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"We don’t ever want to sell or go public. That would push the company to make choices that we don’t think are in the best interest of the company."
- Kickstarter CEO and co-founder Yancey Strickler.
Over the weekend Kickstarter announced that it was reorganizing itself as a "public benefit corporation," a relatively new corporate designation that entails (among other things) spelling out a mission of public benefit in its corporate charter and making regular social impact reports to the public.
This will likely have little practical impact on game developers who use Kickstarter to fund their projects; the company is pitching the switch more as a visible example of its mission to be a transparent platform for creators to drum up support for their ideas.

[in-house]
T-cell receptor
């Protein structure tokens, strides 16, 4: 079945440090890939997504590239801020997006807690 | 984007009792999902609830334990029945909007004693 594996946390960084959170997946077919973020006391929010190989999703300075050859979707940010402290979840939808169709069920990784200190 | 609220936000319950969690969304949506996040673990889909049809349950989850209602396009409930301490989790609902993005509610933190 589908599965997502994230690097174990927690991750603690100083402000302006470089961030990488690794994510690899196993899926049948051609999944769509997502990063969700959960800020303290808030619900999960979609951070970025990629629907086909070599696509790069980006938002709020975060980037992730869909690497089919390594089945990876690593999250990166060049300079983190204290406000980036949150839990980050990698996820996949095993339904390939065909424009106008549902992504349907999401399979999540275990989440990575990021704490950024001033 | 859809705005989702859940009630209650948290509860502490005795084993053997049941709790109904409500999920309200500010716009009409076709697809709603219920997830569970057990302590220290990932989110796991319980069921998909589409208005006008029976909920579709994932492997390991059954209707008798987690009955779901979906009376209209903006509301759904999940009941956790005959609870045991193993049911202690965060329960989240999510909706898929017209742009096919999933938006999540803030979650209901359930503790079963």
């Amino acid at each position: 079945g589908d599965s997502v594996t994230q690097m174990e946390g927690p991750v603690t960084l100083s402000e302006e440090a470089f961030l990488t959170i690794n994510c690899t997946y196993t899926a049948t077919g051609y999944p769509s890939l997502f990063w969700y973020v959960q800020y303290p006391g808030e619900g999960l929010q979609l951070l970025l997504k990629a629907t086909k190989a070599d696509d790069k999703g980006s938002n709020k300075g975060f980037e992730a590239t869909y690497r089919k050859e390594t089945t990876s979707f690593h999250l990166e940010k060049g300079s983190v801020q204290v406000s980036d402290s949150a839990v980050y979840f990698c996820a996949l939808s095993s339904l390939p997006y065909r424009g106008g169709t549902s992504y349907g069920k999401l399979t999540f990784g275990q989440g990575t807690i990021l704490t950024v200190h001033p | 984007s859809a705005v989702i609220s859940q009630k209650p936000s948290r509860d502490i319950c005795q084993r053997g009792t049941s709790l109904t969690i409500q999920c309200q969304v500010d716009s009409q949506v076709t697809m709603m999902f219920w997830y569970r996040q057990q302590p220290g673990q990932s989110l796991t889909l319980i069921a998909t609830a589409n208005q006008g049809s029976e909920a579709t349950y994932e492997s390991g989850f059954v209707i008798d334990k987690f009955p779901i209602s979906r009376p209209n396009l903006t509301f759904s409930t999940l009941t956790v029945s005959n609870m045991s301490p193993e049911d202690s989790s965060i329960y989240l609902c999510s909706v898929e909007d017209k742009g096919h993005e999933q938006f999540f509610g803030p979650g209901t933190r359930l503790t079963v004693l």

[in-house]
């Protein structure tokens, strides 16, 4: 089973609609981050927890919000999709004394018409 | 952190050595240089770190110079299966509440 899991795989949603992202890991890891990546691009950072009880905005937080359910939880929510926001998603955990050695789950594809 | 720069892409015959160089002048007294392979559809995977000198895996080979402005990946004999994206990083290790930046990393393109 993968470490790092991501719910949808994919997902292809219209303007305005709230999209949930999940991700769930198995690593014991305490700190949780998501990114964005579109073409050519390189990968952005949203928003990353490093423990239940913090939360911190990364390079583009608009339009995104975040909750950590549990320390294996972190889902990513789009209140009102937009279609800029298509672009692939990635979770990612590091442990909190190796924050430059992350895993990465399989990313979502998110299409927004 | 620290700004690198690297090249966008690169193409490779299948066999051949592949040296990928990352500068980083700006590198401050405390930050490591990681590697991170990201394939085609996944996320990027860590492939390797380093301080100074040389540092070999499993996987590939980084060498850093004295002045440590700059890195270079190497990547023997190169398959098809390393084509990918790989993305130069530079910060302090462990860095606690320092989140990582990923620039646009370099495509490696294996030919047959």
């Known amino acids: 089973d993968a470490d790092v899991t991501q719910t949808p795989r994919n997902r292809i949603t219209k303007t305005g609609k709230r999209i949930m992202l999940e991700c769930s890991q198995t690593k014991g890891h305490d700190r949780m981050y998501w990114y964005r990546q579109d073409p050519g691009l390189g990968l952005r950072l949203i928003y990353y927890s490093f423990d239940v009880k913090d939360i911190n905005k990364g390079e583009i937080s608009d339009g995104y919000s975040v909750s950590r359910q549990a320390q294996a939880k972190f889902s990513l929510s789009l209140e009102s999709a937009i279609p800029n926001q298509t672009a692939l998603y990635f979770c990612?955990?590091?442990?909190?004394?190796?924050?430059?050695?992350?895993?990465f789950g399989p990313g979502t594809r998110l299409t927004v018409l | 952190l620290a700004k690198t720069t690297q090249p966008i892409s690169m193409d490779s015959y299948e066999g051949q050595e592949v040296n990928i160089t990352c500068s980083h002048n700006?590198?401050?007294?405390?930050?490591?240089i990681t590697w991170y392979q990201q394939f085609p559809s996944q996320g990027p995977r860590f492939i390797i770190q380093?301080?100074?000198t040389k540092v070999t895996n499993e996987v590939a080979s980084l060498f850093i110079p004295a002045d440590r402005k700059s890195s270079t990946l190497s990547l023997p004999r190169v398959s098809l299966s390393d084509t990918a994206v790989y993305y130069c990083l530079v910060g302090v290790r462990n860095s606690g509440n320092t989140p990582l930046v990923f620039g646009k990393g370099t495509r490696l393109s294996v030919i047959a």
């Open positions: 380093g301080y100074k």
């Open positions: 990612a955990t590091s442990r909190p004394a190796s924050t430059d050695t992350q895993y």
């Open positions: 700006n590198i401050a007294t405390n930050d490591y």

"There’s a huge difference between a values document and the legal foundation of your company," Kickstarter co-founder Perry Chen told The New York Times."It’s allowed us to find people who have a similar idealism."
The Times goes on to note that Kickstarter has actually already begun making yearly public accountings of its operations due to its decision earlier this year to become a "B Corporation," outpacing the expectation that public benefits corporations (PBC) make public reports every two years.
However, it's also worth noting that Kickstarter is still a for-profit company and nothing about this reorganization prevents it from going public or selling itself to a buyer at a later date.
For more details on the change and exactly how Kickstarter plans to have positive social impact, check out the company's blog post on the topic.